Khandyce Pitner, M.Ed, LPC
Jul 6, 2021
“You don’t need a therapist, you just need to pray about it.” “We don’t take things outside of this house, deal it with us.” “Are you crazy? What do you need a counselor for?” – A plethora or Minority families.
Though all races, ethnicities, and cultures may have heard these statements, or some alike, minority groups tend to experience this stigma and thought-process at greater rates.
Through my extensive cultural-competency training, personal experience, and internal knowledge, I have heard statements alike in my personal life, professional life, and as minority individuals approach me to discuss seeking guidance. I have also had the pleasure of learning the beautiful intricacies of different cultures. In some minority cultures, fear of medical/healthcare professionals is real. In other minority cultures, the value on family and familial support is priority. Other minority cultures place high value on spiritual or religious practices.
Each of these intricacies have beauty, strength, and resilience. It is beneficial to understand what mental health IS and is NOT. When we begin to understand that mental health is as real and relevant as physical health, we begin to de-stigmatize one of the most beneficial things that can happen: Seeking mental health assistance and guidance from a professional.
If someone struggles with a broken bone, cancer, diabetes, or simply wants a check-up to ensure the body is working properly, seeking necessary professional assistance is seen as normal. Well, when we understand that mental health is in the same boat, we see the normality in seeking mental health assistance from a professional; whether we believe we have a mental health illness, want a check-up, or simply want a safe and comfortable space to express yourself without fear of judgement.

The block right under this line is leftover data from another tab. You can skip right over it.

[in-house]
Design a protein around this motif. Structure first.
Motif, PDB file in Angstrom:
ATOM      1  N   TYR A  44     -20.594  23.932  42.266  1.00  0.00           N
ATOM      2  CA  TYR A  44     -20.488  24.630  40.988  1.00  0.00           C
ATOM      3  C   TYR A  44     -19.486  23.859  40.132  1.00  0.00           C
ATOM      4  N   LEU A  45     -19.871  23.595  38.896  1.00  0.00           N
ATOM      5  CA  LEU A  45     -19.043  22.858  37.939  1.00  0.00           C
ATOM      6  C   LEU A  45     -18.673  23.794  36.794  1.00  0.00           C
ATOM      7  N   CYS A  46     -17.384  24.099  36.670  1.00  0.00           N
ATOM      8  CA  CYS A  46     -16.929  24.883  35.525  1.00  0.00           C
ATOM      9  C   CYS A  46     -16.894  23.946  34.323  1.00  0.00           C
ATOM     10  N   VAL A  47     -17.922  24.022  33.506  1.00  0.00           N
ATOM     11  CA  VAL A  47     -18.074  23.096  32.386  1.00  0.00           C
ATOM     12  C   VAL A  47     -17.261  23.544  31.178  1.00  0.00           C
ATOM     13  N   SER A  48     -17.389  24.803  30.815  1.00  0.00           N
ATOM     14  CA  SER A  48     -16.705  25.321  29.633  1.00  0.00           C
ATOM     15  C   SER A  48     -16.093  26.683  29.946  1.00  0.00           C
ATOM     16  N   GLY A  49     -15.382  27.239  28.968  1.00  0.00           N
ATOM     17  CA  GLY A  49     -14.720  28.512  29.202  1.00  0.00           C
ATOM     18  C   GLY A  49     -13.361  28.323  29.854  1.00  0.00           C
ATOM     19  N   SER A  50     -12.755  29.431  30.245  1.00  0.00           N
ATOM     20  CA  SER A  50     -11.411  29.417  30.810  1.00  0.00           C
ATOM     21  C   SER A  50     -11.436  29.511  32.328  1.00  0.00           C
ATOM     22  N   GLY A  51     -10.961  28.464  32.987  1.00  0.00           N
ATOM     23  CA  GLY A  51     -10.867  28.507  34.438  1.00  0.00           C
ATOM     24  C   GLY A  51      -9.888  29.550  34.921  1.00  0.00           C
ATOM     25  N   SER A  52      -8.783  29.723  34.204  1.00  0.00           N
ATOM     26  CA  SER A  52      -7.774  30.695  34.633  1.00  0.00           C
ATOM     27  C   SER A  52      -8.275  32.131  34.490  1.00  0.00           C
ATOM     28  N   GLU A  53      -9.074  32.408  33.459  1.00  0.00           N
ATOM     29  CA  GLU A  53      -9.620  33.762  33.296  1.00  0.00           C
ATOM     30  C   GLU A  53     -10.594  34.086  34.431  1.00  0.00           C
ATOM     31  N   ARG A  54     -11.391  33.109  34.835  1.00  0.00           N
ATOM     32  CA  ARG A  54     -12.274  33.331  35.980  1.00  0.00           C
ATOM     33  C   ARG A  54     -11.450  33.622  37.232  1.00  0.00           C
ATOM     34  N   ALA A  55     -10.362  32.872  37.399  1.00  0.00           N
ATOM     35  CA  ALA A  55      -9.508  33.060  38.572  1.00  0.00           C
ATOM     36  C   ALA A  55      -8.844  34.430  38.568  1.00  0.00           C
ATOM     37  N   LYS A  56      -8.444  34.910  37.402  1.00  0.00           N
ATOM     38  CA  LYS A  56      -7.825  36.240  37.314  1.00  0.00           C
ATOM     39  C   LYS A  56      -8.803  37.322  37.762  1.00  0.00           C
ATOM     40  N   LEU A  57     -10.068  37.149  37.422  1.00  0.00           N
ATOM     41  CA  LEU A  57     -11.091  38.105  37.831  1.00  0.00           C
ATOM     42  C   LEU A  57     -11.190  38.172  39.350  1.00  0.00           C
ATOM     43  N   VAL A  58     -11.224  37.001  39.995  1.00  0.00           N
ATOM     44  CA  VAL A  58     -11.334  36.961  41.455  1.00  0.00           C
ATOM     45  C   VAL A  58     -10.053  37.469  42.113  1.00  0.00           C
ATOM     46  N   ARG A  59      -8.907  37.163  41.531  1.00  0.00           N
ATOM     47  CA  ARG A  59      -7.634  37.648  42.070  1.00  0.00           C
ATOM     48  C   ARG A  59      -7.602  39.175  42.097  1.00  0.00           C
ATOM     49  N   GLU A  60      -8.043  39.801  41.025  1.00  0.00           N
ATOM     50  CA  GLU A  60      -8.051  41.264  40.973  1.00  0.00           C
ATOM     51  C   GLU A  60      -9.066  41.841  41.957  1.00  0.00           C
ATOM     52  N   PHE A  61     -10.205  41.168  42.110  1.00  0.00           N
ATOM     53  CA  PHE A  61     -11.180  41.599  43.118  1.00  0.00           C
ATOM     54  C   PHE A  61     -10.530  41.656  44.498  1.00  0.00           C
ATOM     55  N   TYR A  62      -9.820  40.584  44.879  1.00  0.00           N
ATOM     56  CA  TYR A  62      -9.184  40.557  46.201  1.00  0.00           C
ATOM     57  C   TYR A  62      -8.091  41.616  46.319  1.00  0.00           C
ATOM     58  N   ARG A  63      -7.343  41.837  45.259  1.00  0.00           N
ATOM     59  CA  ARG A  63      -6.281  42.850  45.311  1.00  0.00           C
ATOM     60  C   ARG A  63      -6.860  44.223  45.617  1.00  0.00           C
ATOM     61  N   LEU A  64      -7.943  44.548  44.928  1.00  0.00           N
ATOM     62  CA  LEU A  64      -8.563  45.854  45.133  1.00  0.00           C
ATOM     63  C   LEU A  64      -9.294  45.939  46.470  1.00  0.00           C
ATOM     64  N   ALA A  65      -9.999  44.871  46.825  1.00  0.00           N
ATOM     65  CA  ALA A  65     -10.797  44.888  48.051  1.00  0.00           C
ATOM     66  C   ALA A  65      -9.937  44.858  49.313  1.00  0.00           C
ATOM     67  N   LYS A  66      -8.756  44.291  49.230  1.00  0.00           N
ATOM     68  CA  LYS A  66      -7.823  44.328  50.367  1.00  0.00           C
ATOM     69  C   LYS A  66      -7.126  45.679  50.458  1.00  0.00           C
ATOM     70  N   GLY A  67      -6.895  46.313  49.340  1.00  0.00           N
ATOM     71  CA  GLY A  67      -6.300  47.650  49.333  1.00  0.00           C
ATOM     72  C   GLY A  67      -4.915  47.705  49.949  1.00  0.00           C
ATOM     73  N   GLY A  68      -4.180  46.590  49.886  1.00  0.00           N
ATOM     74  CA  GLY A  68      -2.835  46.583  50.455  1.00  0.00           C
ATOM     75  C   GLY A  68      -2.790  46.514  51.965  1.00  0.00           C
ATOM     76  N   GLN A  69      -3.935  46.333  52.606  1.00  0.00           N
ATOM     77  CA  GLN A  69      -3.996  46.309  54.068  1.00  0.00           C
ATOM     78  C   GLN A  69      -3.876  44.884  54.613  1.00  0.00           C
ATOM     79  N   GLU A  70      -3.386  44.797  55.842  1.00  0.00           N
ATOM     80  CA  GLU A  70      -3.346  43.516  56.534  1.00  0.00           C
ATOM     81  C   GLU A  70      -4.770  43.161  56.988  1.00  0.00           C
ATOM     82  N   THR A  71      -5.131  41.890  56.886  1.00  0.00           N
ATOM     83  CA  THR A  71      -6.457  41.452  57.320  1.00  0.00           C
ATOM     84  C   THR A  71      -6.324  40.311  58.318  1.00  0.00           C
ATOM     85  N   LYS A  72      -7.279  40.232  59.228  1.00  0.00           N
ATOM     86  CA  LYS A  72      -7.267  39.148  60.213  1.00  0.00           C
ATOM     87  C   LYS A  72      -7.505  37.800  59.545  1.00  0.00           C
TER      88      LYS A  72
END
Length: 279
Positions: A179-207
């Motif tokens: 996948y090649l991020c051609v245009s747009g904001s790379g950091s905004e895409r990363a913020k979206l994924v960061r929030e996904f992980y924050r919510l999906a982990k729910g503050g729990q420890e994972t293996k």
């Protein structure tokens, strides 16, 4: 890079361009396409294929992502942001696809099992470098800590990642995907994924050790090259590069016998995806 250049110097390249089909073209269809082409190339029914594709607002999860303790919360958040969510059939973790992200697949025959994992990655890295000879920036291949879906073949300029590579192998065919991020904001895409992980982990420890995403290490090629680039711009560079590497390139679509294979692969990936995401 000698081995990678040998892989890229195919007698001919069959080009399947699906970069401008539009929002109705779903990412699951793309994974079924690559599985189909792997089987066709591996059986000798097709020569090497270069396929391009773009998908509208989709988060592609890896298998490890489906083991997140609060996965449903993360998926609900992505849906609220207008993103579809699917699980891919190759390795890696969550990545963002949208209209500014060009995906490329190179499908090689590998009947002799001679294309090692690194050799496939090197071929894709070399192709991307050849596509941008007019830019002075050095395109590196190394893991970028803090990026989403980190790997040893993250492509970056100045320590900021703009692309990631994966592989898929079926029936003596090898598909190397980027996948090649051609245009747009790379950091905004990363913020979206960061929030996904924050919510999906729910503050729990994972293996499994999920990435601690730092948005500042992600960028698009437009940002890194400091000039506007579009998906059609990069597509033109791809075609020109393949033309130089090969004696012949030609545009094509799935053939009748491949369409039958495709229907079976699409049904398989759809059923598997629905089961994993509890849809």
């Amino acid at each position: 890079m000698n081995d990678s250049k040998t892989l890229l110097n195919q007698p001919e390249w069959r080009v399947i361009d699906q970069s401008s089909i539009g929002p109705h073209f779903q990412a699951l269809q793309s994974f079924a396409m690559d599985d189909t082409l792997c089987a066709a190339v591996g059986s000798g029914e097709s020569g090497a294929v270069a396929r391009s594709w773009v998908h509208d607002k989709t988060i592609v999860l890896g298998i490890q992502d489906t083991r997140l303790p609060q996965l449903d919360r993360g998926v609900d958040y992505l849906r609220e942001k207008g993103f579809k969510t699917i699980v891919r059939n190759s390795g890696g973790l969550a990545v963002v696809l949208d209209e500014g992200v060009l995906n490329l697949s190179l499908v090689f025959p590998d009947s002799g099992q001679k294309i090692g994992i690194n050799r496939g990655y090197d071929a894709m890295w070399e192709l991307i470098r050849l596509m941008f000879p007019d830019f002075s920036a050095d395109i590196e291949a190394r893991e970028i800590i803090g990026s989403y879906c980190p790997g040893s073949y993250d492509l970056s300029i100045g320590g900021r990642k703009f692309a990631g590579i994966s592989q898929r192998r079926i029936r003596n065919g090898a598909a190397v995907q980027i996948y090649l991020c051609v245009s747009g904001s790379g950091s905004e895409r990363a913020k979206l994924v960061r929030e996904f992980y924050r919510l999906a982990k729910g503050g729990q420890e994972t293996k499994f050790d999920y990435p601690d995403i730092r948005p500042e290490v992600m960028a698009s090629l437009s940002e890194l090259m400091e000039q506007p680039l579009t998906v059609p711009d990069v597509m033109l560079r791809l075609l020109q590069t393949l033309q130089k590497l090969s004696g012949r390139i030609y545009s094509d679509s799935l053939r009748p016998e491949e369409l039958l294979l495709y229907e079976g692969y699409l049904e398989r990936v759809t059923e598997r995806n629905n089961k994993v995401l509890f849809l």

Black/African American Community
Latinx/Hispanic American Community
Asian American/Pacific Islander Community
Native and Indigenous Communities
If you remember nothing else from this article, please remember this… “Not everyone has a mental illness, but everyone has mental health.” – Khandyce Pitner, M.Ed, LPC
BIPOC Mental Health . Mental Health America. (2021). https://www.mhanational.org/bipoc-mental-health.
Greenstein , L. (2017, October 11). 9 Ways to Fight Mental Health Stigma. National Alliance on Mental Illness. https://www.nami.org/blogs/nami-blog/october-2017/9-ways-to-fight-mental-health-stigma.
Khandyce Pitner, M.Ed, LPC – Mental Health Therapist
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